How does architecture—interior and exterior—impact the way art is experienced in a gallery space? White Cube, Green Maze: New Art Landscapes at the Heinz Architectural Center, part of Pittsburgh’s Carnegie Museum of Art, breaks down the monolithic classical design of museums and introduces six spaces from across the globe whose genesis came through collaboration among their patrons, architects, landscape architects, artists, and curators (see the list below). Featuring the work of architectural photographer Iwan Baan, the exhibition examines the range of artistic and architectural approaches to the way artwork is displayed. The exhibit opens Sept. 22 and will showcase site plans and the locations’ historical documentation, presentation models, and original sketches.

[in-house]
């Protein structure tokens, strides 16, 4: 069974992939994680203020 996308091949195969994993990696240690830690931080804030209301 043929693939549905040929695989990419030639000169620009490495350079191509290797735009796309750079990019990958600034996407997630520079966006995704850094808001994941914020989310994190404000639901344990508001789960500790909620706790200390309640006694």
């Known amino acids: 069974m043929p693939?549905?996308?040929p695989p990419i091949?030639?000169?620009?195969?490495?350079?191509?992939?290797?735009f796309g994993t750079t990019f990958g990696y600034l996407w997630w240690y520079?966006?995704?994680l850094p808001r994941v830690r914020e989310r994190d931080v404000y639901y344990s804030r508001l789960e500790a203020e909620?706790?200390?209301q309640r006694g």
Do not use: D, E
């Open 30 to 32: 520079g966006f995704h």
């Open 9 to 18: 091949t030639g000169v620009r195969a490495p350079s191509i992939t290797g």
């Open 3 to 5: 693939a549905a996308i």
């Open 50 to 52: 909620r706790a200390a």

The exhibit’s accompanying book includes an introductory essay by Heinz Architectural Center curator Raymund Ryan, and contributions from Brian O’Doherty, author of Inside the White Cube, and landscape writer Marc Treib, as well as photography by Baan. For more information, visit

  • Raketenstation Insel Hombroich, near Neuss, Germany, including built projects by Erwin Heerich, Tadao Ando, Álvaro Siza Vieira, and Raimund Abraham.

  • Benesse Art Site Naoshima, Japan, including built projects by Tadao Ando, Hiroshi Sambuichi, Kazuyo Sejima, and Ryue Nishizawa.

  • Inhotim, near Belo Horizonte, Brazil, inspired by the landscapes of Roberto Burle Marx and including built projects by Arquitetos Associados, Rodrigo Cerviño Lopez, and Rizoma Arquitetura.

  • Jardín Botánico, Culiacán, Mexico, with architectural interventions by Tatiana Bilbao and landscape design by TOA–Taller de Operaciones Ambientales.

  • Grand Traiano Art Complex, Grottaferrata, Italy, with projects in design development by Johnston Marklee and by HHF architects and with landscape design by Topotek1.

  • Olympic Sculpture Park, Seattle, USA, designed by Weiss/Manfredi.